When thinking of box cutters in the office, you conjure up images of workers in an industrial or construction setting. Seldom one thinks about a traditional office personal’s needs but there are times when office workers might need access to a box cutter.
Having a box cutter is an excellent way to manage simple manual tasks. This compact cutting utility is commonly used to open and separate bulky or large items. Let’s elaborate on how to use and what types of box cutters are available, and how to use this utensil safely.
Uses for Box Cutters in the Office
Incoming and outgoing packages are in constant rotation in a mailroom. When opening packages sent to the office, having a box cutter handy will make opening them more manageable. They are also suitable for cutting zip ties and plastic shrink wrap. Scissors are commonly used, however, box cutters tend to be safer, and easier to hold and keep on hand for use.
Types of Box Cutters for Office Use
Box cutters come with different blade types that work well in office conditions. While some are more common than others, having options can ensure you have the right tool at the right time.
Pointed Tip Blades
Pointed tip blades are the most common blade found on a box cutter. The tip allows you to puncture the item before making the cut. This type of knife works well on plastic, fabric, and drywall.
Rounded Tip Blades
Rounded tip blades are marginally safer than pointed tipped edges. As there is no sharp tip to puncture the material before cutting, these edges are for softer materials such as cardboard or foam.
Serrated Edge Blades
Serrated edge blades are designed for cutting through items that are hard on the outside and soft on the side (ex. bread, fruits, and vegetables). They also come in handy for ropes and fabric. Cutting in a sawing motion helps to build up momentum to make it easier to cut.
A box cutter with a hooked blade is ideal for cutting through heavy-duty materials. They are used by roofers or flooring experts for cutting through linoleum, shingles, and carpet.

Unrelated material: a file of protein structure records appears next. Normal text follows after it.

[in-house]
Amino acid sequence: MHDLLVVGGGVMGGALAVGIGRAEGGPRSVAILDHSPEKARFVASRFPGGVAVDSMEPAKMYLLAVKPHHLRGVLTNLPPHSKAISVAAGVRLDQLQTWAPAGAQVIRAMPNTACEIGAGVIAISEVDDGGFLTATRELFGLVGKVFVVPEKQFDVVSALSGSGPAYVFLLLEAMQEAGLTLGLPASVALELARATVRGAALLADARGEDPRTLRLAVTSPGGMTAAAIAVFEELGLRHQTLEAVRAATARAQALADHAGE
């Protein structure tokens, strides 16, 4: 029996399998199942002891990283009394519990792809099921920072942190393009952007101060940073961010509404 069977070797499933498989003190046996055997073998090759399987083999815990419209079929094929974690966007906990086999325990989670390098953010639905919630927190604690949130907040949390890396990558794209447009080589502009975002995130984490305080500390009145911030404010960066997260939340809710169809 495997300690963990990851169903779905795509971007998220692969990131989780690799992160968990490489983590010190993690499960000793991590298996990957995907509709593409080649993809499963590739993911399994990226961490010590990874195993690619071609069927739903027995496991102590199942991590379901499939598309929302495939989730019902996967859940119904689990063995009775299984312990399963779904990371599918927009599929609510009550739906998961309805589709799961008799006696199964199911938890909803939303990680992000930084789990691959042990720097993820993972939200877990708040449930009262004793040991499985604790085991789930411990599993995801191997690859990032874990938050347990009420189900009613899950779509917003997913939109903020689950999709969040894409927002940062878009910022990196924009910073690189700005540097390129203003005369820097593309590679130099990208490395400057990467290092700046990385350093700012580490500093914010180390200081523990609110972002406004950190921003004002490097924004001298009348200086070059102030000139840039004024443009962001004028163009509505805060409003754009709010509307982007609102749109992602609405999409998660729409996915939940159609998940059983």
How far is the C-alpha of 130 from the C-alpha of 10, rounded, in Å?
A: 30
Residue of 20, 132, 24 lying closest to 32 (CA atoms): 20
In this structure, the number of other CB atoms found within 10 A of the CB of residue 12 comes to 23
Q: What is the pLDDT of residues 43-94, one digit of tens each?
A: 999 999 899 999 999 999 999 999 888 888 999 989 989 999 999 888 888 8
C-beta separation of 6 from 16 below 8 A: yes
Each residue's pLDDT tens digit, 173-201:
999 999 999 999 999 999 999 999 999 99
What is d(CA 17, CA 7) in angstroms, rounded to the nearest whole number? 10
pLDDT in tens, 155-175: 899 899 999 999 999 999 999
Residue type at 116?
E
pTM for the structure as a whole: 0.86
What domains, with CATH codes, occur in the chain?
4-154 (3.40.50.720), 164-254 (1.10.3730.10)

Snap-off blades have pointed tips and can be used similar to pointed-edged blades. Once the edge dulls, break off a piece for a new sharp edge.
Scallop Edge Blades
Scallop edge blades are often used in the kitchen because they are perfect for cutting fruits and vegetables. They are also suitable for cutting memory foam because it gives you a smooth edge.
Auto-retracting blades have a straight edge and can be either pointy or have a round tip. These utility knives pull the blade back in if you release the button or the edge loses contact with the cutting surface.
Manual Retracting Blades
A manual retracting blade also brings the edge into the housing. However, unlike auto-retracting knives, you have to manually pull or push the button on the side to close it.
One of the most common work injuries is lacerations made by box cutters. To use a box knife safely, you should follow OSHA guidelines. Avoid leaving blades unattended, cutting toward your body, and/or using dull blades.
Keep the Blade Short
Retractable blades don’t have to be extended all the way. The design allows you to adjust the length. Keep it only to the size needed for the cutting task. A shorter blade helps to reduce the risk of injury. Wear gloves when you use the box cutter.
Keep Fingers Out of the Way
Keeping your fingers out of the way might seem like a given. However, it is common for some to hold the box cutter with their fingers wrapped close to the blade. You should make sure the hand holding the knife doesn’t have fingers resting on or near the cutting edge. When cutting, put your free hand away from the cutting area to reduce the risk of accidental lacerations.
Cut Away From You
Try not to pull the box cutter toward you because it may slip and cause injuries. Whenever you cut, angle the blade away from you. If someone bumps into you while working, the angle of the blade will keep accidental lacerations from occurring.
Box cutters have many different uses in office and home settings. By having the correct type of blade and adhering to proper safety measures, you can ensure the task is complete without incident.